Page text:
No Child Left Behind Law
This paper is an analysis of the " No Child Left Behind Act of 2001" (NCLB Act) that would provide all children with equal education opportunities, no matter what their economic situation.
# 8567 | 1,775 words | 5 sources | MLA | 2002 |
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This paper examines the affects of the "No Child Left Behind Law" on the Elementary and Secondary Education Act that was originally passed in 1965. The paper defines the new law and then examines how it was supposed work. Some of the topics discussed include discussion of Title 1 with great detail about whether or not the law will be implemented as it was intended, paying close attention to the weaknesses in the legislation. The paper looks at individual states' compliance, the question of funding in middle schools for extra reading programs and the challenge of getting the information out about the law and the schools' rights under it. The author also points out it should assist in the improvement of the quality of educators and hold low-performing schools accountable and demand improvement. The law will also mean big changes in testing policies for elementary and middle schools, changes in the state accountability systems and increased state and local government involvement in the education systems in order to monitor compliance with the new regulations for funding.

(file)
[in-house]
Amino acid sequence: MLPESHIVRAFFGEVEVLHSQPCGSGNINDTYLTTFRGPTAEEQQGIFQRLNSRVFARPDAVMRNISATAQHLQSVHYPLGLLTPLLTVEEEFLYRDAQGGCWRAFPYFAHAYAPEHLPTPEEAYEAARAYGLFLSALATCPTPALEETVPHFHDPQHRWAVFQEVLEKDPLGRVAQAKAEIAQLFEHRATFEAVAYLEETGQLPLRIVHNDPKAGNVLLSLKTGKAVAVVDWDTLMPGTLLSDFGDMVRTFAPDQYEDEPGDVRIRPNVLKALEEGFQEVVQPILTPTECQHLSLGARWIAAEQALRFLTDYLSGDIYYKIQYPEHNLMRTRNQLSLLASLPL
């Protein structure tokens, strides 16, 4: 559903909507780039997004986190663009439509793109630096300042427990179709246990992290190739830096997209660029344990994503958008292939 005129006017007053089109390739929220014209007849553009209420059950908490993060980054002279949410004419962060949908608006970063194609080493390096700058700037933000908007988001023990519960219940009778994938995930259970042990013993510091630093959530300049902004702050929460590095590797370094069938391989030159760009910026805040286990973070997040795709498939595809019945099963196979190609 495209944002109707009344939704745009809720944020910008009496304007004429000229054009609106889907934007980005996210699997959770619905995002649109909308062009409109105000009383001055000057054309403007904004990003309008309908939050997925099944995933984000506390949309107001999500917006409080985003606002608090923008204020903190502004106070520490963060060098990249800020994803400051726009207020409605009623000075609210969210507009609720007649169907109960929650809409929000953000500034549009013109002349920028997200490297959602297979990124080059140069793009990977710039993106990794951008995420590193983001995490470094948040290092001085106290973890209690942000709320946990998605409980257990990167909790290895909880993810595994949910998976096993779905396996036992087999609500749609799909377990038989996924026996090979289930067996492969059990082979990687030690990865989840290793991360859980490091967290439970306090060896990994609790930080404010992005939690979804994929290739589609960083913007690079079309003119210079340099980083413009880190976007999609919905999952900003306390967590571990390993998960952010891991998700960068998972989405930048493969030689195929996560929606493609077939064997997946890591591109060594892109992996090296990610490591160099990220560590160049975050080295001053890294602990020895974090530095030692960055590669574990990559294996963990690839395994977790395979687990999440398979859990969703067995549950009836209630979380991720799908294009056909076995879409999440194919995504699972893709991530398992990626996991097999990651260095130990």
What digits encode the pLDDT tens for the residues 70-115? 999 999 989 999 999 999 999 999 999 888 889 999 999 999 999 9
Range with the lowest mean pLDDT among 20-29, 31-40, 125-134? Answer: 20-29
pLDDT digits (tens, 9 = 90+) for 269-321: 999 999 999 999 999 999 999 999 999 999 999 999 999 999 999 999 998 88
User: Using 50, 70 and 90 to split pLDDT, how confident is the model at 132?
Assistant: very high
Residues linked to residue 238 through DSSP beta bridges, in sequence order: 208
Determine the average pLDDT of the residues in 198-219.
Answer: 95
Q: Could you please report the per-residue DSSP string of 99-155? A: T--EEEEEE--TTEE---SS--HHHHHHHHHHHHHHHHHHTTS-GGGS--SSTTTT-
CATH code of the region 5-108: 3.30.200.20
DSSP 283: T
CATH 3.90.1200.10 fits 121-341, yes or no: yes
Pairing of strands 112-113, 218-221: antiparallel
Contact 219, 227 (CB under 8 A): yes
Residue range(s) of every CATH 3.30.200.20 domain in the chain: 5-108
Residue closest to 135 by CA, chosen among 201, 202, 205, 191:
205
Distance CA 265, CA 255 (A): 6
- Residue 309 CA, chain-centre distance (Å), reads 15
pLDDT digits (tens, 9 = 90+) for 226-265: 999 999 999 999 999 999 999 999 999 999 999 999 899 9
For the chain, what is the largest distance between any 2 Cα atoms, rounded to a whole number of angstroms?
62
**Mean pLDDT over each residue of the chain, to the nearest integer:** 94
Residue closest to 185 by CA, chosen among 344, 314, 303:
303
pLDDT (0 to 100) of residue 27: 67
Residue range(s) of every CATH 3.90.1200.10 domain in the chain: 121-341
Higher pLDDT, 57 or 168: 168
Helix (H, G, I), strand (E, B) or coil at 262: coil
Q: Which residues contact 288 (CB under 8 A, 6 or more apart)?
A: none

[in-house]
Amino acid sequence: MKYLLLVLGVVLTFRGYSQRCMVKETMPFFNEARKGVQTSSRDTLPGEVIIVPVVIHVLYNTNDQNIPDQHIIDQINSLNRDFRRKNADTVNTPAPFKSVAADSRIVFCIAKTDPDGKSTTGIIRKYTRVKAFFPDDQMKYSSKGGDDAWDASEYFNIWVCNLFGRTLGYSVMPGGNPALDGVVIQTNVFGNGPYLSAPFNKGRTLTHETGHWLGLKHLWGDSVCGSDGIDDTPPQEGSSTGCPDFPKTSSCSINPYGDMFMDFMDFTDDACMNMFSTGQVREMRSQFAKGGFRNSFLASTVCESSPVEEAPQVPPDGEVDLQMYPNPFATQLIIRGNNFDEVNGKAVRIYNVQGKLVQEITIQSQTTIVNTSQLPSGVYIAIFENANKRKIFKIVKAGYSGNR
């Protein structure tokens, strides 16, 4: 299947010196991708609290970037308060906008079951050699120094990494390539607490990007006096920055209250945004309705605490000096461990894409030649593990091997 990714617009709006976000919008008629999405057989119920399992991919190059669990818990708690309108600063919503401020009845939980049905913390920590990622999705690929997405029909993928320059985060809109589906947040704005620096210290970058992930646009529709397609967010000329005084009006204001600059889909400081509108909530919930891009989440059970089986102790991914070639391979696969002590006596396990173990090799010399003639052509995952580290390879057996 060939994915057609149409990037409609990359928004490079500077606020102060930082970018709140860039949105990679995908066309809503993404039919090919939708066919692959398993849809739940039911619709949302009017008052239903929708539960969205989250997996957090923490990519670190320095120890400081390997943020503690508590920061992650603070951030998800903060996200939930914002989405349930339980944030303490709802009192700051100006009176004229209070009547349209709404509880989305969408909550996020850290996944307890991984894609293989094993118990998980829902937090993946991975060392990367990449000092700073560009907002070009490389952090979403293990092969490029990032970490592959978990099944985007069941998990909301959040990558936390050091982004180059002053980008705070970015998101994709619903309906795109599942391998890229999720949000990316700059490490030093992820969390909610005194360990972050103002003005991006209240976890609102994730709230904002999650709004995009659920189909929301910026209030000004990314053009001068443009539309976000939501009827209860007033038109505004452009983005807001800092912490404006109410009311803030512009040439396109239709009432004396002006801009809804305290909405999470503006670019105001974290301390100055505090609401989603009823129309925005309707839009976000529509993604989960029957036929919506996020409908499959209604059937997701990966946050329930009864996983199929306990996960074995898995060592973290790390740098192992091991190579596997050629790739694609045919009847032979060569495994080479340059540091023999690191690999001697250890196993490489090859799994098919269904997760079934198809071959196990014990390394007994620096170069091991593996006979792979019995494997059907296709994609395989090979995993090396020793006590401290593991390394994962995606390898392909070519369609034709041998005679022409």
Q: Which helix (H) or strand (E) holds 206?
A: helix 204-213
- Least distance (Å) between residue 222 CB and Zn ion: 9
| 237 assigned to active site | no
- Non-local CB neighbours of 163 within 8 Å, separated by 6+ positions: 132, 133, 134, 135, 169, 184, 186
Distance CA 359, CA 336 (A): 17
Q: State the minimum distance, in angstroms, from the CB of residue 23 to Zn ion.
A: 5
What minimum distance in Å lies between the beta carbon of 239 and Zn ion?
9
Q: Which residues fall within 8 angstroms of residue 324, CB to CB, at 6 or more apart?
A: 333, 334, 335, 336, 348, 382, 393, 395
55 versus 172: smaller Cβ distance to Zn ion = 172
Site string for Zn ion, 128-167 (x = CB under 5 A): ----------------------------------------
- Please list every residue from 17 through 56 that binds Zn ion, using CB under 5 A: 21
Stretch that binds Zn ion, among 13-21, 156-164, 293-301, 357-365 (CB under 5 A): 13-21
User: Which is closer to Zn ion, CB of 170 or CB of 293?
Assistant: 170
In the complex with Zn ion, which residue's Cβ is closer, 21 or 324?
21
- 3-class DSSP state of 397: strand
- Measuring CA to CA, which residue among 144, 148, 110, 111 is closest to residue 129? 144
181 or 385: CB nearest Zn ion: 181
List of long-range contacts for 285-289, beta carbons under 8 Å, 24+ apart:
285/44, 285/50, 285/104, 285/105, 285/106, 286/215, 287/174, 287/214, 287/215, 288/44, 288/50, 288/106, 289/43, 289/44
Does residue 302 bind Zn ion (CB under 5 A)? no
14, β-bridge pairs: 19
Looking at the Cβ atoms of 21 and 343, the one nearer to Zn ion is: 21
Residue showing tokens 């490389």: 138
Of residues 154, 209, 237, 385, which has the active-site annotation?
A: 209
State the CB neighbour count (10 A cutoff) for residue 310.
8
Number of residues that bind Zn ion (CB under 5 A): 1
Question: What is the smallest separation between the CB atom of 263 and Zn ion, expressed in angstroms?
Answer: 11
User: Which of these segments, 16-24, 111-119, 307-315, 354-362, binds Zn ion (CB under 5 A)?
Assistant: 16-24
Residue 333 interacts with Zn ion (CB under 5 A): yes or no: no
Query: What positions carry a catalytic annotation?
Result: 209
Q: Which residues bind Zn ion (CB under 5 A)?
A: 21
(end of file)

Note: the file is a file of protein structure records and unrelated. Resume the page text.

From the Paper:"While a determined band of educators, advocates, and their philanthropic clique have pushed hard over the past decade and a half to improve the achievement and development of young adolescents, federally funded programs have practically ignored these students. Title I funds touched them infrequently, focusing chiefly on elementary school grades. Vocational education funds were for high school students. Safe and Drug Free Schools, Gear Up, and fractions of other programs helped students in the middle grades a bit, but no federal money supported their core academic learning."
Cite this Analytical Essay:
No Child Left Behind Law (2003, February 03) Retrieved August 20, 2019, from https://www.academon.com/analytical-essay/no-child-left-behind-law-8567/
"No Child Left Behind Law" 03 February 2003. Web. 20 August. 2019. <https://www.academon.com/analytical-essay/no-child-left-behind-law-8567/>